Key Takeaways from the 2016 ESCA Leadership Summit

Thoughtware Article Published: Mar 01, 2016
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The 2016 Employee-Owned S Corporations of America (ESCA) Leadership Summit, held in February in Fort Lauderdale, Florida, was attended by 180 ESCA members and guests and covered many topics important to employee stock ownership plans (ESOP) as well as the results of a newly issued study on wage and wealth inequality in the United States.

The ESCA Advisory Council hosted a Q&A session with representatives from the U.S. Department of Labor and IRS, covering various topics that included transaction structures involving the exchange of ESOP and seller notes, re-leveraging transactions and corporate governance and control issues. Participants discussed and debated various plan administration questions.

ESCA Chairman Steve Smith opened the general session and introduced Sen. Richard Burr, chairman of the Senate Intelligence Committee and member of the Health, Education, Labor and Pensions Committee. Burr called on ESCA members to stay involved in current tax reform developments and emphasized the benefits of ESOPs, saying, “The S ESOP structure organically grows your business. Employees are not just invested in a job, but are invested in the growth of the business.”

ESCA Executive Director Stephanie Silverman also spoke on S ESOPs and the current political climate. Silverman indicated tax reform likely won’t occur in 2016 because of the upcoming presidential elections. However, she stressed ESCA members should continue to be proactive and speak with their representatives in Congress to protect the benefits of S ESOP status.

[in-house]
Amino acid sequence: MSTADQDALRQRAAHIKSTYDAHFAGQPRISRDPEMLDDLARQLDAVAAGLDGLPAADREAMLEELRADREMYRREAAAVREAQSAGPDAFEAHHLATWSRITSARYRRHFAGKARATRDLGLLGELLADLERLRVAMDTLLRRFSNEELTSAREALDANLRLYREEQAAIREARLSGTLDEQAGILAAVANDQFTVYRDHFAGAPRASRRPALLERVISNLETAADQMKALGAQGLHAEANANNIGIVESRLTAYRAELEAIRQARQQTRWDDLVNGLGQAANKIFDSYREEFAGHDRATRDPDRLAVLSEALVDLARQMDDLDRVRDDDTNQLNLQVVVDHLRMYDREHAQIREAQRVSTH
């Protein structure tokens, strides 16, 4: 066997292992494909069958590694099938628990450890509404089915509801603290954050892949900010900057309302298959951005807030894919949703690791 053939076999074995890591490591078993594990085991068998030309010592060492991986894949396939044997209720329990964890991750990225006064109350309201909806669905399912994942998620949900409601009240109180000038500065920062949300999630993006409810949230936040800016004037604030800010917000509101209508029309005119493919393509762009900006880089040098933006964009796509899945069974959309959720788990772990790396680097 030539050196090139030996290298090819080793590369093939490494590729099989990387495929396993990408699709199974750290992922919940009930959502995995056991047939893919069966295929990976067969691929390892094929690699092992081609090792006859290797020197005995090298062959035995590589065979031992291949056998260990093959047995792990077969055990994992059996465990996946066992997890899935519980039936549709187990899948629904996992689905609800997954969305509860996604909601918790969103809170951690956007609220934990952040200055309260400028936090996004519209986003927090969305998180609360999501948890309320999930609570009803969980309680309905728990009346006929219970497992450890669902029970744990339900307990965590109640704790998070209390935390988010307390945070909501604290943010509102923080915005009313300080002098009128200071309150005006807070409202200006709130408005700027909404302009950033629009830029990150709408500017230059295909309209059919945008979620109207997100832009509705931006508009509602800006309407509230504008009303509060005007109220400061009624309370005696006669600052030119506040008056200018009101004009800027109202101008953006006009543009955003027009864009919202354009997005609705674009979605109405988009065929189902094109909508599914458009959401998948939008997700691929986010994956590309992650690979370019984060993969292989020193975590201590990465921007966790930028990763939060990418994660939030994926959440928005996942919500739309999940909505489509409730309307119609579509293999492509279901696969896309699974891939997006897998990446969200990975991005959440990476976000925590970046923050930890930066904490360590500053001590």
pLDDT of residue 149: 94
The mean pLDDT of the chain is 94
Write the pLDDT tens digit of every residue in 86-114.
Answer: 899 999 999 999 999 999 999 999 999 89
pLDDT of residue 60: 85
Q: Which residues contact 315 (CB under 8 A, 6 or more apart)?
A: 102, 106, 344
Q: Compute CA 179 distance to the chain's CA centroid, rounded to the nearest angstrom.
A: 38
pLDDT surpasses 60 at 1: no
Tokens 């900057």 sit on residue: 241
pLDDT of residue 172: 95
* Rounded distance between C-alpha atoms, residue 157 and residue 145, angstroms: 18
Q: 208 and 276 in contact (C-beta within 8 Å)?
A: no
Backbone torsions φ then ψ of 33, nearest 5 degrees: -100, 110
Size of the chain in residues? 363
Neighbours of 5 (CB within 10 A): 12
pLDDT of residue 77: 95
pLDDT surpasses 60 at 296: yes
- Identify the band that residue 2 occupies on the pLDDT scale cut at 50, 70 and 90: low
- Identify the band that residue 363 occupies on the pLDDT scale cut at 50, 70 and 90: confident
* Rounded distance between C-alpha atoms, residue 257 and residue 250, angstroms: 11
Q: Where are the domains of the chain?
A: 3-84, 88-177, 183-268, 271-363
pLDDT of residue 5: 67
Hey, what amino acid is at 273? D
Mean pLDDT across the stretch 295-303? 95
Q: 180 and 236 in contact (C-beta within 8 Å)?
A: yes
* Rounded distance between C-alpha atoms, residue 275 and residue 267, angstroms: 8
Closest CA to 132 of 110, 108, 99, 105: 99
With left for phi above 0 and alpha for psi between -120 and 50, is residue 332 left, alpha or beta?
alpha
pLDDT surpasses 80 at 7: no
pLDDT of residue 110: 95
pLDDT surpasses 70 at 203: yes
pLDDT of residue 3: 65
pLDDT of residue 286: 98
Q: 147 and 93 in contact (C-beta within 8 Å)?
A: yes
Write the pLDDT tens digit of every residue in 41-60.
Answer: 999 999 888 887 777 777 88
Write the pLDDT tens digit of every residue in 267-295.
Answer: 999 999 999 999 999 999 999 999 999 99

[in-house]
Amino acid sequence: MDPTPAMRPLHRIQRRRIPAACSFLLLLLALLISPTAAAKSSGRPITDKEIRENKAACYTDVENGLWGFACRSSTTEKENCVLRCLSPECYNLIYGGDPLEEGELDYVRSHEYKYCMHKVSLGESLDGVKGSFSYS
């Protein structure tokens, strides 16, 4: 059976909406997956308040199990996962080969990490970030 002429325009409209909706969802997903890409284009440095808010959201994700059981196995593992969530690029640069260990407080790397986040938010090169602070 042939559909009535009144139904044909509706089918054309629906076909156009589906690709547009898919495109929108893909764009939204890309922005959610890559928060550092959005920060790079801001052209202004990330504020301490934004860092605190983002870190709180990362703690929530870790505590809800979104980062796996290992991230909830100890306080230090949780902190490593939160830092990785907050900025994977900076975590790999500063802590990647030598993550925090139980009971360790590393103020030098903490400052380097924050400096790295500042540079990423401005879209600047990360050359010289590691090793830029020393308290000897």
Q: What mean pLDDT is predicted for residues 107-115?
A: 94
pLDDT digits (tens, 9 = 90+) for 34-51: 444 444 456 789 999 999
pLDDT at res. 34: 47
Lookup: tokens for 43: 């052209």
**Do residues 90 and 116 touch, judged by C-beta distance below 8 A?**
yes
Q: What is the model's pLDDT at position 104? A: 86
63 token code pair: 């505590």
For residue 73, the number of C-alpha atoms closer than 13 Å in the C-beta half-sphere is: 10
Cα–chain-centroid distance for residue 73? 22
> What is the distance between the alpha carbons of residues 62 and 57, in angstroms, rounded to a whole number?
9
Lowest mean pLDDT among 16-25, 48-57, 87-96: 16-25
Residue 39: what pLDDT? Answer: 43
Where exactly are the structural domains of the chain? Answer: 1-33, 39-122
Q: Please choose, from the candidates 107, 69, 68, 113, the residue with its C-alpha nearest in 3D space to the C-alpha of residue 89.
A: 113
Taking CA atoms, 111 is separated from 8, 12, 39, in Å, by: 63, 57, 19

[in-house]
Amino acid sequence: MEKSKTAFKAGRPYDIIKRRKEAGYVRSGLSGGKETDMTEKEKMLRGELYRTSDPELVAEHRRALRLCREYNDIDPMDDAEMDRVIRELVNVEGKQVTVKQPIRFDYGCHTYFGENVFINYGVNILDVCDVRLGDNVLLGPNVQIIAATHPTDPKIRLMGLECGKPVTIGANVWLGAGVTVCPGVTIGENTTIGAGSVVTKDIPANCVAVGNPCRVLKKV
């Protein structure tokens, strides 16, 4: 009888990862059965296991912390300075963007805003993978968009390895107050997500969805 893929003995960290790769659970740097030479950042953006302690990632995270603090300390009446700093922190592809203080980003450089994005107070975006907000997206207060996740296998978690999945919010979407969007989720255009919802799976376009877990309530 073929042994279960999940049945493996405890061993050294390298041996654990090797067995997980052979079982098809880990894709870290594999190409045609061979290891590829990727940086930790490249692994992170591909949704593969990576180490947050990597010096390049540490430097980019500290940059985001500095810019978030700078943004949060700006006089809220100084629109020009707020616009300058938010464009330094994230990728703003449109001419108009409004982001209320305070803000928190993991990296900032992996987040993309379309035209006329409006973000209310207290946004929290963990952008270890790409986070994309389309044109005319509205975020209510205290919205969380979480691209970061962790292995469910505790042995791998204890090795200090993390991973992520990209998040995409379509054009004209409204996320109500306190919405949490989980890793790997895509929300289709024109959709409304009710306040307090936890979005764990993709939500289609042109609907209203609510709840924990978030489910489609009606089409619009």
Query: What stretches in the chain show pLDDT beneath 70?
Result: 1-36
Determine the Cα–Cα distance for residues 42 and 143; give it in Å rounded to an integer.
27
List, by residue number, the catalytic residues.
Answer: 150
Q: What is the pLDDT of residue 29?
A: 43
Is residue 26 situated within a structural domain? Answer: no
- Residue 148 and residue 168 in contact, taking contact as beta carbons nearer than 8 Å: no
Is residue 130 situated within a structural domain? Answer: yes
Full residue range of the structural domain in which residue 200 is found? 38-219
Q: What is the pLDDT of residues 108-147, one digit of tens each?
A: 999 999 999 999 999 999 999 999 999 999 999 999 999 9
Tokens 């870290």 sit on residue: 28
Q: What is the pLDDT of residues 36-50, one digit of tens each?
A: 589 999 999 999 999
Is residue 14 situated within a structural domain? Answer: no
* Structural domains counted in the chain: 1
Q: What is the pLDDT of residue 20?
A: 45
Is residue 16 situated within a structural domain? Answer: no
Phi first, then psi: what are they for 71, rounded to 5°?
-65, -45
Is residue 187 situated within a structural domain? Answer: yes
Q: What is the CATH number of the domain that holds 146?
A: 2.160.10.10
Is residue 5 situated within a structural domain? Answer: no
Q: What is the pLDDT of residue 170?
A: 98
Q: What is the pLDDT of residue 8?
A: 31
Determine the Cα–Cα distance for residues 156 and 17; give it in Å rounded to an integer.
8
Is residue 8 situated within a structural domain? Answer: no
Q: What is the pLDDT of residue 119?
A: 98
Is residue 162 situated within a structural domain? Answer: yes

Jared Bernstein, Senior Fellow at the Center on Budget and Policy Priorities, shared the highlights of his new study, “Employee Ownership, ESOPs, Wealth, and Wages.” Released in January 2016, the study explores the relationships between ESOPs and the reduction of wage and wealth inequality in the United States. Bernstein concludes inequality in the American economy has grown, and wealth has become significantly more concentrated within a small group. According to the study, ESOPs can help reduce this inequality, but only less than 10 percent of U.S. employees participate in ESOPs, which limits the equalizing effects. Bernstein concludes the government should put in place additional incentives and resources to encourage the formation of ESOPs.

To learn more about issues affecting S ESOPs, contact your BKD advisor.

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